Examining the effectiveness of the Engineering Launch program for first-year engineering students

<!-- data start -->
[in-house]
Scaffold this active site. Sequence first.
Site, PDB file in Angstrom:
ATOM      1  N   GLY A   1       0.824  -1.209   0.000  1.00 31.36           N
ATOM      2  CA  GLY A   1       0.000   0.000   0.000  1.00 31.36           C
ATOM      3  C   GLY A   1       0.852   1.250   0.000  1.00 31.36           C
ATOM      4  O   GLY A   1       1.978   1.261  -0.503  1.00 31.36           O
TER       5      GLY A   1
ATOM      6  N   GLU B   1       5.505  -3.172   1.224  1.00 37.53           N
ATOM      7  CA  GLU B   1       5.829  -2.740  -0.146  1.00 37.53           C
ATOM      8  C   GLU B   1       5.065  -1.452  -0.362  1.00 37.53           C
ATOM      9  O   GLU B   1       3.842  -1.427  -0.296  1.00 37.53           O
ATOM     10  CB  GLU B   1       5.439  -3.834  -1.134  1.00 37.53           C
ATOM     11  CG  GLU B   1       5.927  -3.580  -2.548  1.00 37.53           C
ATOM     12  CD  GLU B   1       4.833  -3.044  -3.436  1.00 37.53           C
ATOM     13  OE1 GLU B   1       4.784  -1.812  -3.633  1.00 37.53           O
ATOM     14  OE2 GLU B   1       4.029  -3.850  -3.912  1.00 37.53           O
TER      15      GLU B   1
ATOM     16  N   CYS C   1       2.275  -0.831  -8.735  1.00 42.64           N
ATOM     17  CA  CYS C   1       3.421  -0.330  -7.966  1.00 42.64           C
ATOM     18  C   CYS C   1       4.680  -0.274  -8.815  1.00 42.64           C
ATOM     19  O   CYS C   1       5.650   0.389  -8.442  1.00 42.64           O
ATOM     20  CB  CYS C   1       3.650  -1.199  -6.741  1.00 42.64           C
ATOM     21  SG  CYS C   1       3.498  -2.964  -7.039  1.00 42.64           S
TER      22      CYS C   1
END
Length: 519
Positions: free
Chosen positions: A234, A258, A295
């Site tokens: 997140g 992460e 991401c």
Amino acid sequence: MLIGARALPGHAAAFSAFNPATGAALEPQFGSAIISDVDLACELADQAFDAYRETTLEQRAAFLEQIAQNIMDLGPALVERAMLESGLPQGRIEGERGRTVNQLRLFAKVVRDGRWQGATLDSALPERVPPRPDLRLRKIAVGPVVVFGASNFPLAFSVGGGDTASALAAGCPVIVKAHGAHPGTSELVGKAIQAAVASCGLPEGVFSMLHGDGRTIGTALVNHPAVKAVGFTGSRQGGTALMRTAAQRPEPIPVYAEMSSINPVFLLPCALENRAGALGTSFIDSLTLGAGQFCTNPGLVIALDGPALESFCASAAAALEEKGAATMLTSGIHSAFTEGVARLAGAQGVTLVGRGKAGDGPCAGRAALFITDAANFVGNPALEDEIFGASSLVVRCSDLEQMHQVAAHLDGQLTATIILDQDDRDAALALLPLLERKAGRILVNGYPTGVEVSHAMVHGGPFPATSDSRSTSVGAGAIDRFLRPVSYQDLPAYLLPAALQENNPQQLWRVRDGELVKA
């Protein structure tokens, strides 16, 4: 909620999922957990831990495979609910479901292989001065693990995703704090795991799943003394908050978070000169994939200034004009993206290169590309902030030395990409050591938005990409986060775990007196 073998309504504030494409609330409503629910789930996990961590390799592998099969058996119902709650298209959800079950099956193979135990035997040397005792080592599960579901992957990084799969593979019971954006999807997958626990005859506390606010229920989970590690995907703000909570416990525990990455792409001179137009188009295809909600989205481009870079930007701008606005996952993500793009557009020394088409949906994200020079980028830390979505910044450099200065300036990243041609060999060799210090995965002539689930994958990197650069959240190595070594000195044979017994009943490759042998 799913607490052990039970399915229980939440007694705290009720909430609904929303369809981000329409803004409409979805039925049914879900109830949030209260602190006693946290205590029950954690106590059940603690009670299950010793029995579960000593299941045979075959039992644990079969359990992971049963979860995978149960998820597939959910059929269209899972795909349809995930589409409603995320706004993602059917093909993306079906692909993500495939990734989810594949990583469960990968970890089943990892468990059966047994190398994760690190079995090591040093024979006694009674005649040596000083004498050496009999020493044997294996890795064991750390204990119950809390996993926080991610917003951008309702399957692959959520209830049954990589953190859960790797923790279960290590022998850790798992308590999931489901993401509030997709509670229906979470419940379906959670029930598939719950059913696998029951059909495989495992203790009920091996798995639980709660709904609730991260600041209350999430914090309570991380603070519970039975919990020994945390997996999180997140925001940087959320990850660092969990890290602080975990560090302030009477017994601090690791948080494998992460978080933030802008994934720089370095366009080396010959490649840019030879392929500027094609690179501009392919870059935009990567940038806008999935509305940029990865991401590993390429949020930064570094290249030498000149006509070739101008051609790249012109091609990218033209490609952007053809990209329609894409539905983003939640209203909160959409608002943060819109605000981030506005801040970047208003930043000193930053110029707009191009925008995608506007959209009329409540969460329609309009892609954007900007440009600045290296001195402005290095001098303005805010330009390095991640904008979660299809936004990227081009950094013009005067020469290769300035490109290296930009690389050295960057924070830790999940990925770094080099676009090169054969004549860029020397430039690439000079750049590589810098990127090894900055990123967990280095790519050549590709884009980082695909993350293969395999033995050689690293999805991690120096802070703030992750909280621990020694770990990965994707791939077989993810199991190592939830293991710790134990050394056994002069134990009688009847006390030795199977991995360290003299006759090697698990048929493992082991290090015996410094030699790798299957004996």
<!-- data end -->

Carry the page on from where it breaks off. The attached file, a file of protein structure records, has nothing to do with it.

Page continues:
Motivation and Background: This COMPLETE EVIDENCE-BASED PRACTICE PAPER examines whether participating in the Engineering Launch program at a large Midwestern land- grant university influences the academic readiness of engineering students before they enter Calculus I course. Many students enrolled in Calculus I are not prepared for it. The remedial program Engineering Launch aims to improve students’ math preparation in Trigonometry, Algebra I, Geometry, and Algebra II, and bridge the perceived gaps in math preparation to get students ready for Calculus I. Many universities around the country have implemented similar remedial programs. There are two common approaches. One is a workshop-style course which typically requires weekly class time in addition to regular lectures [1]. The other is to offer a bridge course before the semester starts, with duration from one-week long [2] to several weeks [3, 4] These programs have shown positive results by increasing student pass rates in Calculus. The Engineering Launch program takes the second approach by offering a summer bridge course prior to the fall semester. This course is offered as a zero-credit hour course, which consists of a three-week online component and several in-person events the week before classes start. The course combines both synchronous and asynchronous math instruction. All instruction and module content is provided and delivered by a seasoned Calculus I instructor, who has over 15 years of experience teaching courses in calculus sequence. The course also includes one-on-one tutoring from a GTA in the Department of Mathematics. Learning about the usefulness of the Engineering Launch program can inform researchers, instructors, and administrators how to improve the readiness of first year engineering students in Calculus I and make it an effective approach in helping engineering students succeed academically.